Much like the brand Google very quickly became a verb for performing any kind of internet search, the question “Are you Kondo-ing?” – referring to the decluttering fad made popular by the much talked-about documentary starring Marie Kondo – is starting to become part of the daily vernacular.
This latest trend – basically just a fairly brutal spring clean – has seen many Australian households taking to their closets and garages to get rid of anything that doesn’t ‘spark joy’.
But in our rush to clear out the junk, are we making most the responsible choices when it comes to its next stage in life?
Here’s how you can spark joy in the planet as well as yourself, by correctly disposing of your unwanted household items.
Books and magazines
First of all, take stock of what kind of books you have to offer. Old university or school textbooks are expensive and can easily be resold (if in good nick) to students looking to save money, as can editions of specialist journals, particularly for the sciences. Special or rare hardcovers can also be sold online.
If you’ve got a pile of popular paperbacks that probably wouldn’t fetch you much on a resale facility, try taking a photo and asking your social media friends if anyone would like to take a bunch at your next coffee catch up, so you’re not making an extra trip.
Finally, there are quite a few ways to donate books in Australia via community programs, such as Little Free Libraries, Street Library, Share-a-book, Aboriginal literacy foundation, and the Footpath library.
Many of these services help out children, families in poverty or marginalised communities, and are a more direct and effective way to donate books than just dropping them off at a local op shop.
That air fryer seemed like such a good idea at the time, didn’t it? But after using it six times during your January health kick, it’s now just taking up valuable kitchen cupboard space, and it’s probably time to say goodbye. The same can be said for all of the electronic kitchen gadgets, spare phones, old laptops and iPads you’ve been keeping around “just in case”.
Now we all know by now (hopefully) that electronic devices contain a whole bunch of stuff that is totally not okay to dump in landfill, not to mention that many devices also present a personal security risk if they get into the wrong hands.
So how to dispose of them properly?
There are heaps of options. Re-selling is an obvious one. Sites like Gumtree, eBay and Facebook Marketplace go pretty well for digital items.
You can also often trade them in to their manufacturers for a discount on upgrades, or cash back in rare cases. If they’re no longer usable, you can take them to a licensed e-waste recycling or disposal drop off point, and there are also some charities that accept used devices for refurbishment and donation to local schools or low income families.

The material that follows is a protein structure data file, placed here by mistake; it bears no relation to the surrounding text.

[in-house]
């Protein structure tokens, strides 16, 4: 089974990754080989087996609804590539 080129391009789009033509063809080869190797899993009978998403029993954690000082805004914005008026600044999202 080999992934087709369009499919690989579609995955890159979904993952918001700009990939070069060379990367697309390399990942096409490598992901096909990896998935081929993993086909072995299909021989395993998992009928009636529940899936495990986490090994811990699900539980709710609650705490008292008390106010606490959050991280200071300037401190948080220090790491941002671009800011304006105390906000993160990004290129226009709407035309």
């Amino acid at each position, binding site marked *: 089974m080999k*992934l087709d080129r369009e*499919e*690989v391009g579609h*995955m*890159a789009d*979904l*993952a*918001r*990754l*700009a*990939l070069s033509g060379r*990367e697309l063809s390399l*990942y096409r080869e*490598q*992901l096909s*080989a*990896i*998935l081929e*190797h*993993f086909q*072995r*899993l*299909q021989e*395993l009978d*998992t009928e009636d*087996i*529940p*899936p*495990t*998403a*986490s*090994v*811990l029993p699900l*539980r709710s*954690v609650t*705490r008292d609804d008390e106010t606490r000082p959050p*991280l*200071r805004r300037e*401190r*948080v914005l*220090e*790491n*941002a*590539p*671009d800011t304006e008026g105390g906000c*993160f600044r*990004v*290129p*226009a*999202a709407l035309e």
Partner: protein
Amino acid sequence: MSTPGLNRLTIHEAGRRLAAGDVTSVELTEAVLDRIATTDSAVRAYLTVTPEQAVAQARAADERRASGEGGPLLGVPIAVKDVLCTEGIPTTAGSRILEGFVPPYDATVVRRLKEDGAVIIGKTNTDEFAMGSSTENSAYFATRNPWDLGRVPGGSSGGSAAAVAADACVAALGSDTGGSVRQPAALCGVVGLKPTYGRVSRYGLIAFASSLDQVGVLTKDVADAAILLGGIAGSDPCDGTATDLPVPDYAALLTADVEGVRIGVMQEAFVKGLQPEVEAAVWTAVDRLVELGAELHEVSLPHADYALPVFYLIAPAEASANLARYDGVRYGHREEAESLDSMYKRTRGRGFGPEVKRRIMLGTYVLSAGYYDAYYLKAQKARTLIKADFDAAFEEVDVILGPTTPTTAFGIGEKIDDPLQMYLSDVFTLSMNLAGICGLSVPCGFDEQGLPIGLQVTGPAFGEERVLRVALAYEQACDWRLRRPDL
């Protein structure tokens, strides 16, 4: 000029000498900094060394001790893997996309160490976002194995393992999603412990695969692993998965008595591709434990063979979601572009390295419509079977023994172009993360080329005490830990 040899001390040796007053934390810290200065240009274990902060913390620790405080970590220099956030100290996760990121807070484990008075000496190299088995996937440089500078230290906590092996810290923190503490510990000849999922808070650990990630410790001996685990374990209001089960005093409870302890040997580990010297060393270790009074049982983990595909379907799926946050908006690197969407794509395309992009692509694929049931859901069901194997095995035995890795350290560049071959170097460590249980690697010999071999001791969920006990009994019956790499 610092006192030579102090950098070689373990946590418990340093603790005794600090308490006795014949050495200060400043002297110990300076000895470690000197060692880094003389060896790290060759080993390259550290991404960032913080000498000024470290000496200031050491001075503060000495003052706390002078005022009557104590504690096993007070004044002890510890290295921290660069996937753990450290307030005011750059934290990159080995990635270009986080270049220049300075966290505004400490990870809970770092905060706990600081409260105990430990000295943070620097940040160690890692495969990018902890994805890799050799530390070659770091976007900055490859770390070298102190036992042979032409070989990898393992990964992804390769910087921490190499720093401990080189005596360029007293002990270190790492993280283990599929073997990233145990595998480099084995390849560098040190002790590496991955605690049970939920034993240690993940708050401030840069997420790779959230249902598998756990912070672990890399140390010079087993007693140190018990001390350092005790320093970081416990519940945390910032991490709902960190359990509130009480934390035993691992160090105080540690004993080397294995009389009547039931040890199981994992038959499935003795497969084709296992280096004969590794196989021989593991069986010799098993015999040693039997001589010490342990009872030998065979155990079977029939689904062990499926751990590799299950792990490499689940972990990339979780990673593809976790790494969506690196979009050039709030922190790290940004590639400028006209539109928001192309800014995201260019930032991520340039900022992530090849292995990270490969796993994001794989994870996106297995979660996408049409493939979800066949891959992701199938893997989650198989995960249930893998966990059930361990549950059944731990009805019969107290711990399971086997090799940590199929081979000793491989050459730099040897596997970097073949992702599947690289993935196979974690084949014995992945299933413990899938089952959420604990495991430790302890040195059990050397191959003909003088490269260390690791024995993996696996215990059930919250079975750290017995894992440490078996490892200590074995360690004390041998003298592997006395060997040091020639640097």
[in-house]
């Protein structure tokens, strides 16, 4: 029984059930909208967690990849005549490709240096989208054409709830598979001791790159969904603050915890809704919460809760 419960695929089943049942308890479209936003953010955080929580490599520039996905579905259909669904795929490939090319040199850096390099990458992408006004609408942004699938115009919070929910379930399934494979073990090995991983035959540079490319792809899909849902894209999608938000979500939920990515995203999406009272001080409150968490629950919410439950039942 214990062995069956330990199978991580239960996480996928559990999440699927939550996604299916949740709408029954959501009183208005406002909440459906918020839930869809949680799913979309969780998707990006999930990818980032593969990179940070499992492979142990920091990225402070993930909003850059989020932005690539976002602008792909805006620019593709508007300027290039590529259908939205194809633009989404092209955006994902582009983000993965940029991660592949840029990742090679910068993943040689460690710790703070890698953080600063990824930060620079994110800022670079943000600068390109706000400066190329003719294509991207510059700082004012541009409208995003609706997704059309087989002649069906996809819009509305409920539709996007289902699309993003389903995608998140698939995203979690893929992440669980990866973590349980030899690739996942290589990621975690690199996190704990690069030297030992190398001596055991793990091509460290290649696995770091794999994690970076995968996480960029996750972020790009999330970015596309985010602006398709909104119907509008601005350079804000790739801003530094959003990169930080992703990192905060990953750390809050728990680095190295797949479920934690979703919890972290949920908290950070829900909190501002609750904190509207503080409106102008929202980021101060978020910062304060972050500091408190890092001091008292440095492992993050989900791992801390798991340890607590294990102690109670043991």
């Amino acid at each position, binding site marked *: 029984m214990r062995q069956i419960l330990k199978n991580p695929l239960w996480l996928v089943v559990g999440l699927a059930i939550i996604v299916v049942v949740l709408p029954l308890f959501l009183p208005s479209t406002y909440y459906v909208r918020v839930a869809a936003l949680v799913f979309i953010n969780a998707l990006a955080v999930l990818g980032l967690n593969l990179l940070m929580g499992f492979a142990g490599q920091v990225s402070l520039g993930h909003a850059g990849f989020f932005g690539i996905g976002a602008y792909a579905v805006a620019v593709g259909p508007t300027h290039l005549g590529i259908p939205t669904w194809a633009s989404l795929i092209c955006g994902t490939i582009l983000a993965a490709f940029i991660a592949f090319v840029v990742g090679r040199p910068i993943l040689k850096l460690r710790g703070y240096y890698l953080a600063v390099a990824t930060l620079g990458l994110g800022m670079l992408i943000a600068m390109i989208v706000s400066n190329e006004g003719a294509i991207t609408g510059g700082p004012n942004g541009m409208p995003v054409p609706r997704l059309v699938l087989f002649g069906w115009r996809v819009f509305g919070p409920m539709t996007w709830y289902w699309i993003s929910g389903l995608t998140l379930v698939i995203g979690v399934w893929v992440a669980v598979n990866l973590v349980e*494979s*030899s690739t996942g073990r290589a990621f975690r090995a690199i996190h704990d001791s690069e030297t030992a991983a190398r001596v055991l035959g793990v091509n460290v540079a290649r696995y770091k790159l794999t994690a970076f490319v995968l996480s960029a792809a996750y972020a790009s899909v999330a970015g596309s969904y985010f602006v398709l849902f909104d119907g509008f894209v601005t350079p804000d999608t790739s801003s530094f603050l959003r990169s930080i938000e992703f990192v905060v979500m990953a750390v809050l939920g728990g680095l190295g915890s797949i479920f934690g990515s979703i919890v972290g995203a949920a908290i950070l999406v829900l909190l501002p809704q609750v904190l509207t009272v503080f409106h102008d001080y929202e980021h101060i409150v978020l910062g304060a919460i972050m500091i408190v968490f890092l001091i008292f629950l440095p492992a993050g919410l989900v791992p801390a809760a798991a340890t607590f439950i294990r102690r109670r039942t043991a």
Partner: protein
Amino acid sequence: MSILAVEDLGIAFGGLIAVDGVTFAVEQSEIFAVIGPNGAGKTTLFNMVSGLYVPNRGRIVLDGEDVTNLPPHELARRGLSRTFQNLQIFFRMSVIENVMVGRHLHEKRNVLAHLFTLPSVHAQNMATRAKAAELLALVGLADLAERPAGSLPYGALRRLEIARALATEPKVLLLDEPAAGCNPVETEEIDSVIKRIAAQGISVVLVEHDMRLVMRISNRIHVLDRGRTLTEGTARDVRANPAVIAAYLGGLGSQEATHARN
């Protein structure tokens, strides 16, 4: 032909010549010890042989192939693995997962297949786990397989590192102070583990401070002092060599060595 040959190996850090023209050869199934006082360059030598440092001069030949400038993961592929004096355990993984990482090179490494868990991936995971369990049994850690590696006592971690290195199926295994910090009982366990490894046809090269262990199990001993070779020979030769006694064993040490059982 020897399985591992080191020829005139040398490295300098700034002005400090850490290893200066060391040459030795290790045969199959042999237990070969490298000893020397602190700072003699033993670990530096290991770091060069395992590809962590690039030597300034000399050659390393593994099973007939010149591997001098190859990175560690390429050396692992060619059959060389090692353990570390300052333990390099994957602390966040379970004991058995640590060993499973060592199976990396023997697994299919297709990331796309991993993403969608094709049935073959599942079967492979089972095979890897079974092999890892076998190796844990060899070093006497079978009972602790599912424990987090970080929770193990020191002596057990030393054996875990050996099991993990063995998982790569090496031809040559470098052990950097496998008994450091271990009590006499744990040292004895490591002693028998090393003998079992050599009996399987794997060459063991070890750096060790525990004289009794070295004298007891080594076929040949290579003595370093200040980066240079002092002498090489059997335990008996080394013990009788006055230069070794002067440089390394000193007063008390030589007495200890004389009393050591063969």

Whatever you do, if you’re not giving them to an establishment that offers data destruction, ensure that you understand how to fully get rid of any sensitive personal data on your devices. It’s not as simple as you may think.
Clothes, shoes and accessories
The most important first step in getting rid of clothes, shoes and accessories responsibly is to divide them into piles. If you have any designer items in good condition, there are many consignment companies in Australia dedicated to the online purchase and resale of high end fashion items, and these will probably be your best bet in terms of understanding the value of your stuff, and reaching your target audience.
Jewellers can offer some idea of the resale value of any expensive jewellery items, or perhaps even re-use components in a new piece. For any items that aren’t worth much individually but are still in really good condition, you can advertise them yourself through one of the usual channels as a ‘bundle of size X summer/winter items’ for a set price for the lot.
Finally, any friends or family members who are the same size as you might appreciate an hour’s head start going through your donation pile, before dropping the remainder to a local Salvos, Lifeline or Vinnies.
If you’ve exhausted all the usual resource for your saleable pieces, websites like Zilch help to connect people who are looking for free items with locals who are giving them away.
However, another great way to get rid of any unwanted children’s clothing, toys and miscellaneous pieces is to find a charity in your local area that provides items to shelters that look after parents and children who are escaping domestic violence situations.
Sadly, there are many, but your unwanted goods might go towards brightening the day of a child (sparking joy?) in a bad scenario, which is better than sitting on a shelf of a second hand store for weeks.